There are also cases where dogs have "escaped" (were well cared for and looked after properly) who have been hit and caused damages and the dog owners are STILL responsible. Those cases are heart breaking.

This case was an accident waiting to happen.

Jake
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Old May 27th, 2010, 10:16 AM
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Yes, I agree that the dog owners should pay. It is due to their own actions that the dog died, the driver sustained financial and most likely emotional damage as well....
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Old May 27th, 2010, 10:37 AM
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yes they should pay, its happened many times before, a friend of ours hit a cow that was out of its pasture, the farm had to pay for damages to the truck etc....and they should also be fined for allowing their dog to run free endangering its life...
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Old May 27th, 2010, 11:13 AM
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If you watch the judge shows (I do ) they have had quite a few cases pertaining to this. If the judge finds the owner liable then the owner has to pay. As sad as it is.
I've seen the opposite where the owner of the dog has sued the driver for vet bills. If the judge finds the dog was under "reasonable control" then normally they end up paying 50/50. If they can prove the driver was speeding then it may go 100% in favour of the pet owner.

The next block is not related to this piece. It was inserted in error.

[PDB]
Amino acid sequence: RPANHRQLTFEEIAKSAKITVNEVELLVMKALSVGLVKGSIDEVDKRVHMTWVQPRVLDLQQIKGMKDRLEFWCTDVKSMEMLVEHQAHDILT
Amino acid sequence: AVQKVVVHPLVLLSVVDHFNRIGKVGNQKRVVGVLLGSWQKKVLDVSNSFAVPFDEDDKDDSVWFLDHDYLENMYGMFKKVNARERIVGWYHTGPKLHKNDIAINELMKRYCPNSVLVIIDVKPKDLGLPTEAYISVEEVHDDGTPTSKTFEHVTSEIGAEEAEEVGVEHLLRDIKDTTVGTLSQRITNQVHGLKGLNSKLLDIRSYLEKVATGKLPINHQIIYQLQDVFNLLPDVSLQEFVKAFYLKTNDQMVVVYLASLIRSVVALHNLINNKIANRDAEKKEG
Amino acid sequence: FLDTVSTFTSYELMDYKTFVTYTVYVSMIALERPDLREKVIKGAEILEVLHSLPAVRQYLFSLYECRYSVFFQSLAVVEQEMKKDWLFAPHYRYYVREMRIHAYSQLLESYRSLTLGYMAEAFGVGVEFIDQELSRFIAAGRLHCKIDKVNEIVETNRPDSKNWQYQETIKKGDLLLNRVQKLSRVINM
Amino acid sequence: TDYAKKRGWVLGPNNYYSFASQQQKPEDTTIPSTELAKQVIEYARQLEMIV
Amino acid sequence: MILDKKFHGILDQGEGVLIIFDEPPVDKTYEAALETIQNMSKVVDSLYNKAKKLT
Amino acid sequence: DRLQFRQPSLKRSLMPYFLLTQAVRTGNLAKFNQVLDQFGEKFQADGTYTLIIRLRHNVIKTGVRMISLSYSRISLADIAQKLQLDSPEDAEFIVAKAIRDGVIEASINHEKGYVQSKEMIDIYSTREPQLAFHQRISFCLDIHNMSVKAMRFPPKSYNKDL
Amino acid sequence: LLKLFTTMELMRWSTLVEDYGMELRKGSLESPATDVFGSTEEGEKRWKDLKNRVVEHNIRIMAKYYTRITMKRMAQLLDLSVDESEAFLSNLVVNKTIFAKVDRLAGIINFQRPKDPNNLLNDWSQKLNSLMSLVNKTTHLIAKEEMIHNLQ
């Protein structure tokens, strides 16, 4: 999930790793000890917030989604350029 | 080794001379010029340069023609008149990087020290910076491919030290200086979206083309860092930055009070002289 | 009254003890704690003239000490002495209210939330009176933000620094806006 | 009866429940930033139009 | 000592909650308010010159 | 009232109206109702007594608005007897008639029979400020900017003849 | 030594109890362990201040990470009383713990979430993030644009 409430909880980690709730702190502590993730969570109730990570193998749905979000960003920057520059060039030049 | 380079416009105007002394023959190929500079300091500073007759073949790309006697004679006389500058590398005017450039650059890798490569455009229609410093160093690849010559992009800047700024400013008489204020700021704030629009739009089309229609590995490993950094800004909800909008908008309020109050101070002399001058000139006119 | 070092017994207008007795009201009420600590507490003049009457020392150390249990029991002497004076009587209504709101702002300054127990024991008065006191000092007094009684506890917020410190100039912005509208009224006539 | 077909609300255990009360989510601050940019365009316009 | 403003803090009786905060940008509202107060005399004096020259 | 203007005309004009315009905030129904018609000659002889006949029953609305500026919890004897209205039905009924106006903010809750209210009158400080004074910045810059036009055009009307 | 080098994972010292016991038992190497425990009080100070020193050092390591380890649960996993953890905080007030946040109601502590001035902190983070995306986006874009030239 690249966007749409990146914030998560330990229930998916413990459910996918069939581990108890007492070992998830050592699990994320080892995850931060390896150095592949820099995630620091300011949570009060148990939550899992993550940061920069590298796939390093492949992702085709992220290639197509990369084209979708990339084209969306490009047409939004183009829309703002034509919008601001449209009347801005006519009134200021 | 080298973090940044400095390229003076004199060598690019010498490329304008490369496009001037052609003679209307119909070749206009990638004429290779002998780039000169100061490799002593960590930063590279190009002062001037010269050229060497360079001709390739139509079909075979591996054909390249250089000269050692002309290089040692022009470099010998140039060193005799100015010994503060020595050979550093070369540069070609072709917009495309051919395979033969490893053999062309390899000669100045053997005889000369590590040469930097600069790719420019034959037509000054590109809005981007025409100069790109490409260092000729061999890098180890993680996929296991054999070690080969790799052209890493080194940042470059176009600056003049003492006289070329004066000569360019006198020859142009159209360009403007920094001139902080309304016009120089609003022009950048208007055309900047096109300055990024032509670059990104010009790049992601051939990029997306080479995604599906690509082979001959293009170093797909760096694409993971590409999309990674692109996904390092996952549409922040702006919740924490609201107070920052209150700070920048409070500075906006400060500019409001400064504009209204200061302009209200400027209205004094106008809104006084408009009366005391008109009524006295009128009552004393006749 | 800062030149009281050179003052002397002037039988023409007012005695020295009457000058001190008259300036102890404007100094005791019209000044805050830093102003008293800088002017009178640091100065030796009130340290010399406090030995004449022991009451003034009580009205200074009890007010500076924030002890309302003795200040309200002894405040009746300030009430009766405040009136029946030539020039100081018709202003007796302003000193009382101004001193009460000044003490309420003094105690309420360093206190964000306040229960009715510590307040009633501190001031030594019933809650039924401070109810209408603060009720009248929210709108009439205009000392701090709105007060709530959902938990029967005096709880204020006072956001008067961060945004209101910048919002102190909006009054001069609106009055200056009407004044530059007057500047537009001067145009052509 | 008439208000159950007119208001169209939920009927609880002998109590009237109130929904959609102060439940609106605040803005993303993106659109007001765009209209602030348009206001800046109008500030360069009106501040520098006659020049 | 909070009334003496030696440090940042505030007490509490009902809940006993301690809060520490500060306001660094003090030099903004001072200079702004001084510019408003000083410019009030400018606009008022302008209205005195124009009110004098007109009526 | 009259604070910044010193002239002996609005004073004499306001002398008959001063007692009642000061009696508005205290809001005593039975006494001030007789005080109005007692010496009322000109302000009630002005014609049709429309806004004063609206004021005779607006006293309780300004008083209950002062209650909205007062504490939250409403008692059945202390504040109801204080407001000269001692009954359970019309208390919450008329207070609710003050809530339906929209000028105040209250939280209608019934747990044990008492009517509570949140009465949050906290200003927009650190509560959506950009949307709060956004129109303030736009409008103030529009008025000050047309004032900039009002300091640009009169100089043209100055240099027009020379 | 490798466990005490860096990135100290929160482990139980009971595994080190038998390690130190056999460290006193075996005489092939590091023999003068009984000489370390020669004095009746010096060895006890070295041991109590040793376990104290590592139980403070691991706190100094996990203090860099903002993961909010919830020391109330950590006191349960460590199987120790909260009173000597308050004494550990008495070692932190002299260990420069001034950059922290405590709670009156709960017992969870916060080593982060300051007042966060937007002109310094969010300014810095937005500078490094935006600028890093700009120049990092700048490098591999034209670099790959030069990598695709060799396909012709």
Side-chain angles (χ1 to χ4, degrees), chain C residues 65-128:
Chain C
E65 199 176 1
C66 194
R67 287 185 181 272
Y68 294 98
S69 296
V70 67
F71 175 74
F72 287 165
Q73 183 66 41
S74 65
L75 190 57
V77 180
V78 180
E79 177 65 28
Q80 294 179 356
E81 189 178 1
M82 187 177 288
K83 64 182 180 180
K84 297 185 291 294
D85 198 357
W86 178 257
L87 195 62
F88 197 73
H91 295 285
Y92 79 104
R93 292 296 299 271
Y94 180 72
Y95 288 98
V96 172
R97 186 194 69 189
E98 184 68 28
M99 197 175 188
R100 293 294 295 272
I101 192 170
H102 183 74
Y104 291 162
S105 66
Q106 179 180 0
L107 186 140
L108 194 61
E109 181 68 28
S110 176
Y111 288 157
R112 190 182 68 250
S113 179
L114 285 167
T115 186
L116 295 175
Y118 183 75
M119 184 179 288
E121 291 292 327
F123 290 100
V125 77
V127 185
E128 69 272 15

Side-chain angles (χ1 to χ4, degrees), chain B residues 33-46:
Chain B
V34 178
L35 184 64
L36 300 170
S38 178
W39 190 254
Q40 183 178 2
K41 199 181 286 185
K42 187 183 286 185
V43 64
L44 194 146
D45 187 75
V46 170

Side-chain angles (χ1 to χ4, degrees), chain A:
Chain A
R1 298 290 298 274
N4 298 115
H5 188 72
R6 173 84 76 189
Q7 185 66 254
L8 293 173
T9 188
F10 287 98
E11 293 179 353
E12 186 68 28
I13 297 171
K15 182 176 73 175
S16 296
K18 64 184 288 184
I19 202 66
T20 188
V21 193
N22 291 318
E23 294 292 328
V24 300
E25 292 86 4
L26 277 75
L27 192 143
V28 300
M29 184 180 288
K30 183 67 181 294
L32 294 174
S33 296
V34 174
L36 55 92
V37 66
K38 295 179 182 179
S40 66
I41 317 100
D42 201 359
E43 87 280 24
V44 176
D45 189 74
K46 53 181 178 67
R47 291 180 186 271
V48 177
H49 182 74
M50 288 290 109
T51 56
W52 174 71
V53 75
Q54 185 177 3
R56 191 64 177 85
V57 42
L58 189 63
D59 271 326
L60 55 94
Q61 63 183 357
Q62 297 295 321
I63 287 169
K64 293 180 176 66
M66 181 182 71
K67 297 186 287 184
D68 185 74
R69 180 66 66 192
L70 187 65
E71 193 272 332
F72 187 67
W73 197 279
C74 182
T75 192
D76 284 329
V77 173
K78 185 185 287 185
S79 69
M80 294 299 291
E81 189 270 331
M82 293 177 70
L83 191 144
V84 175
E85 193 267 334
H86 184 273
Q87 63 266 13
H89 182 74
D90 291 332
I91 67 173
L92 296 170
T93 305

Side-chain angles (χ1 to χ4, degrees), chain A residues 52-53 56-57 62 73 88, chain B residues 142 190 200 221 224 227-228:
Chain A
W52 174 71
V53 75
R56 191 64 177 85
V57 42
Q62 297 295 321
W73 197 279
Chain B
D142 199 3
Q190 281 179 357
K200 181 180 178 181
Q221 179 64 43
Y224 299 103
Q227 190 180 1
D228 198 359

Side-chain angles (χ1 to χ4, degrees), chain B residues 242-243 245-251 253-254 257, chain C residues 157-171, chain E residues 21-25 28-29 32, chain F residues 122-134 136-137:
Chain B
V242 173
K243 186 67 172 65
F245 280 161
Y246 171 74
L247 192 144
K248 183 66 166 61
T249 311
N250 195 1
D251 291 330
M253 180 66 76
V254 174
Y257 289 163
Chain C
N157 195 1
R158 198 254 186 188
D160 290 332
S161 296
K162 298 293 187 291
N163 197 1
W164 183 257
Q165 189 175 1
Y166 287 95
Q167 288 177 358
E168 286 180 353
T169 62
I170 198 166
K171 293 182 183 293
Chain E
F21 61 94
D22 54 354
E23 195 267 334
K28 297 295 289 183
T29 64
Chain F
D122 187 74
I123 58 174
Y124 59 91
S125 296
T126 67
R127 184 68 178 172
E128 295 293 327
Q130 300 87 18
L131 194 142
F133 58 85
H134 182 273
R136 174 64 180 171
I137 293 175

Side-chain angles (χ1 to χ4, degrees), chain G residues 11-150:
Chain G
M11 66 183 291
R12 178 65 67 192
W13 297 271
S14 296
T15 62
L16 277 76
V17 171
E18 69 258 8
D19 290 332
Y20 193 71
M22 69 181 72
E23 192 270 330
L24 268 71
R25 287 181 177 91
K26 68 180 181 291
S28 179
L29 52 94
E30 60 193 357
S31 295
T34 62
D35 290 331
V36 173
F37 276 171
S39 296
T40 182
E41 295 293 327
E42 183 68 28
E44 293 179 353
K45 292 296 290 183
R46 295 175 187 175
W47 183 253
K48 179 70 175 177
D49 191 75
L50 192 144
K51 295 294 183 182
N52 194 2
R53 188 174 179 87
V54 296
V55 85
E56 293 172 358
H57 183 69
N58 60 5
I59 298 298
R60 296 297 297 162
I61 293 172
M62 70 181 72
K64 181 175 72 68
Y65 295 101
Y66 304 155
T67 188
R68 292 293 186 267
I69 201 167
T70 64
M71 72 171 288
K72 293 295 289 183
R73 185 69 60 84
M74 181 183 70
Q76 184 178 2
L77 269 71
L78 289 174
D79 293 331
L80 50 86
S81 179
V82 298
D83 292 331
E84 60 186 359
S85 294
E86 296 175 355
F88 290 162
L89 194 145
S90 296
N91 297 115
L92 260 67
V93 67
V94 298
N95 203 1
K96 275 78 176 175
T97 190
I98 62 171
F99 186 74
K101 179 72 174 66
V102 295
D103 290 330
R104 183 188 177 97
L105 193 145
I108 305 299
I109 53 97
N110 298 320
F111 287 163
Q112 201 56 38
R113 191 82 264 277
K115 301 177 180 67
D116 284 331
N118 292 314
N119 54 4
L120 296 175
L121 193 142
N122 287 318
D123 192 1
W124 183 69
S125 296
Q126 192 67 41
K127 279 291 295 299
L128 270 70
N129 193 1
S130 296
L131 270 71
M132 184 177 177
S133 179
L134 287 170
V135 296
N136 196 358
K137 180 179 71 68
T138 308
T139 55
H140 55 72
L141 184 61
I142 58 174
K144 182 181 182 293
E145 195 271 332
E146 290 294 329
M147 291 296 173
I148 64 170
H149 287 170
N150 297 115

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Old May 27th, 2010, 11:16 AM
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Quote:
Originally Posted by BenMax View Post
Well I probably will not make a popular statement - but they should pay the bills for the vehicle involved in the incident.

The dog was their responsibility in ensuring the dog's safety as well as those around. This incident could have very well taken the life of a human being trying to avoid a collison.

In the end, the dog payed with his life due to negligence.

The fact that someone came to their door, asked them if they had a dog, clearly indicates that this dog was not supervised at all.

So - this heafty bill will ensure the safety of perhaps their next family member. Hopefully, they will take their responsibility more seriously.
I totally agree.
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Old May 27th, 2010, 11:24 AM
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I even think I would sue them for pain and suffering. If I would hit a dog because some idiot owners let them roam free outisde, I would be the one with the nightmares I would be the one with those images in my head.
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Old May 27th, 2010, 12:00 PM
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Originally Posted by Frenchy View Post
I even think I would sue them for pain and suffering. If I would hit a dog because some idiot owners let them roam free outisde, I would be the one with the nightmares I would be the one with those images in my head.